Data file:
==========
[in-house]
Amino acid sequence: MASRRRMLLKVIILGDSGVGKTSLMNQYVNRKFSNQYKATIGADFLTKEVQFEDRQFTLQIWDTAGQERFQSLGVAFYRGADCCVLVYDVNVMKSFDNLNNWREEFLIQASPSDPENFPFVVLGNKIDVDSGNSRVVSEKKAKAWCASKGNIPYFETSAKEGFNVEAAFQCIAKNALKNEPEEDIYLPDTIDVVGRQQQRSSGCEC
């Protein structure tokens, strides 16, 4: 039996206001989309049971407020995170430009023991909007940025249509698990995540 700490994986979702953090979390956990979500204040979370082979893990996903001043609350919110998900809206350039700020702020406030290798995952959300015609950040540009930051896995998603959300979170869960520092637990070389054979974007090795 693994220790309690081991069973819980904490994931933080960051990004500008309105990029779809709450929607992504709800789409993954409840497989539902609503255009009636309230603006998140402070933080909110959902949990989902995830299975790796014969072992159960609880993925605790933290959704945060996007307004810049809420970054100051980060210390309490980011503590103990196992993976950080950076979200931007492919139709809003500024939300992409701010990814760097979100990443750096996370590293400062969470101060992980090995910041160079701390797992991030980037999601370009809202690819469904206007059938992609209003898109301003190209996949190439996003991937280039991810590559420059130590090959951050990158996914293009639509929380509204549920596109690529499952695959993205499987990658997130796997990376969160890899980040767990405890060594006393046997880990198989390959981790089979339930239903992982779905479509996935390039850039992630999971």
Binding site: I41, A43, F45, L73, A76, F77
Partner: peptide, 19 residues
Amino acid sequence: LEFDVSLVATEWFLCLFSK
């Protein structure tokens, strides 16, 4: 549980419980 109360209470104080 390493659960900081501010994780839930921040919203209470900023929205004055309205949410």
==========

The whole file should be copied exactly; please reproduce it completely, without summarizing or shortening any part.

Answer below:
[in-house]
Amino acid sequence: MASRRRMLLKVIILGDSGVGKTSLMNQYVNRKFSNQYKATIGADFLTKEVQFEDRQFTLQIWDTAGQERFQSLGVAFYRGADCCVLVYDVNVMKSFDNLNNWREEFLIQASPSDPENFPFVVLGNKIDVDSGNSRVVSEKKAKAWCASKGNIPYFETSAKEGFNVEAAFQCIAKNALKNEPEEDIYLPDTIDVVGRQQQRSSGCEC
């Protein structure tokens, strides 16, 4: 039996206001989309049971407020995170430009023991909007940025249509698990995540 700490994986979702953090979390956990979500204040979370082979893990996903001043609350919110998900809206350039700020702020406030290798995952959300015609950040540009930051896995998603959300979170869960520092637990070389054979974007090795 693994220790309690081991069973819980904490994931933080960051990004500008309105990029779809709450929607992504709800789409993954409840497989539902609503255009009636309230603006998140402070933080909110959902949990989902995830299975790796014969072992159960609880993925605790933290959704945060996007307004810049809420970054100051980060210390309490980011503590103990196992993976950080950076979200931007492919139709809003500024939300992409701010990814760097979100990443750096996370590293400062969470101060992980090995910041160079701390797992991030980037999601370009809202690819469904206007059938992609209003898109301003190209996949190439996003991937280039991810590559420059130590090959951050990158996914293009639509929380509204549920596109690529499952695959993205499987990658997130796997990376969160890899980040767990405890060594006393046997880990198989390959981790089979339930239903992982779905479509996935390039850039992630999971």
Binding site: I41, A43, F45, L73, A76, F77
Partner: peptide, 19 residues
Amino acid sequence: LEFDVSLVATEWFLCLFSK
């Protein structure tokens, strides 16, 4: 549980419980 109360209470104080 390493659960900081501010994780839930921040919203209470900023929205004055309205949410």